Tell us about The PR Company
We build and manage reputations by creating content on behalf of clients across a range of media and platforms. The purpose of that content is to build trust and support the client’s commercial goals. The PR Company is 45 years young this year and we believe it is Yorkshire’s longest-running agency, so we must be getting something right!
What is your role within the company?
Working closely with my MD (Nick Glaves), my principal role is to expand our services. Our clients’ needs are changing and we need to grow ahead of those expectations. The company’s heritage is rooted in traditional PR work – media relations, press releases, etc – and our reputation for achieving coverage for our clients is unrivalled. I’ve been working with Nick for the past two years – first as a consultant, now as staff – to take our existing excellence and apply it across all key platforms and media.
I’m lucky in that my to-do list is wonderfully varied. Across any given month I manage social media profiles, devise and execute campaigns, design memes, film and edit video, build a website, SEO, photography, design print ads, and write web copy, email newsletters, blogs, and press releases.
Tell us about yourself
When I was younger, I made my living playing in bands and writing music. I then wrote and performed comedy to pay my way through journalism college. I did three years on the City desk at The Argus in Brighton before joining the Hull Daily Mail as one of the senior editors. After 10 years at the HDM, there was a big restructure and I took the opportunity to follow my passion and set up my own freelance photography business and portrait studio.
It reads like I’ve done lots of different things, but I don’t see it like that: I’ve created content most of my working life and I’ve been lucky that that content has been well received.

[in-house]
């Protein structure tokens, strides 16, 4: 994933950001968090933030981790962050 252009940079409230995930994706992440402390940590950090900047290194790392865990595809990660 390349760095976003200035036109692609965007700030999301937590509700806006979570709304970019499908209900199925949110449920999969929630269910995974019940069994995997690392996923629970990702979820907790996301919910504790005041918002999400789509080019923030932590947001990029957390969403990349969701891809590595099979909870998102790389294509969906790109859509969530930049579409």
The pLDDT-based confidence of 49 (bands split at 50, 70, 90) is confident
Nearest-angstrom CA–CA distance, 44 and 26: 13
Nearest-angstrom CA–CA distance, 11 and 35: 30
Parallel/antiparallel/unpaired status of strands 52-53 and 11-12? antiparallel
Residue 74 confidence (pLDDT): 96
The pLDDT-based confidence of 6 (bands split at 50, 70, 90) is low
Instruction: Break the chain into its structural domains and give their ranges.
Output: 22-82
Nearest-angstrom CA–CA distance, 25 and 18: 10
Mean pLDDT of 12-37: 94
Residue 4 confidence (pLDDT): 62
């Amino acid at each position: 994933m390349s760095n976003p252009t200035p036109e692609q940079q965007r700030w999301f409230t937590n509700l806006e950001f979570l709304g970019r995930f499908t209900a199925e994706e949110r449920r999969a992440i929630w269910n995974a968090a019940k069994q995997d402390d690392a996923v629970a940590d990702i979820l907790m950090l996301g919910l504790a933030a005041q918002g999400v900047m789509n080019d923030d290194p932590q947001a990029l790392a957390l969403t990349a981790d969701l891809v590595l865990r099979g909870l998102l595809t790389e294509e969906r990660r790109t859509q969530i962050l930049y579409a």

How has the web and social media impacted on the industry?
The core of effective communication has always been great story-telling and that principle is as ancient as cavemen – and I can never see that changing. In the bigger-picture sense, social media, mobile tech, the web, etc, hasn’t changed the fundamentals of what we do.
Through social media, companies can now bring some personality to their communications and have genuine real-time conversations – and that’s incredibly powerful when it comes to building trust.
Through websites and social media platforms, every company has the power to be a multi-media publisher in their own right and that is a huge opportunity for every business.
The way that people consume media has changed beyond all recognition from just 10 years ago and the sheer scale of choice put before them is overwhelming. Because of that, people’s hunger for fantastic content has never been higher.
What’s the biggest problem in the industry?
Measuring is really important and metrics are an incredibly useful tool. That said, in some quarters of the industry there’s an obsession with measuring – beyond what’s reasonable – to a point that’s almost fetish.
There’s alot to communications and not all the benefits are quantifiable so a culture obsessed with numbers doesn’t create an environment where great communications flourish. Don’t get me wrong: I love stats – but they don’t tell the whole story!
On a personal level, who or what has influenced your career?
Because I’m involved in many different types of projects, I have to draw inspiration from many different sources – but, personally, I’m always attracted to simple, elegant things because they have a timeless quality.
How do you spend your spare time?
I like to spend as much time with my wife and daughter as possible, but I’m also addicted to photography so weekends are often a balancing act between the two. Before joining The PR Company, I worked for myself as a freelance photographer and I still love photographing weddings. I also love taking portraits and I’ve had some of my fashion work featured on the Vogue Italia website.
Finally, soapbox. Is there anything that really gets on your nerves?
I’m a perfectionist, so I literally wouldn’t know where to start answering that.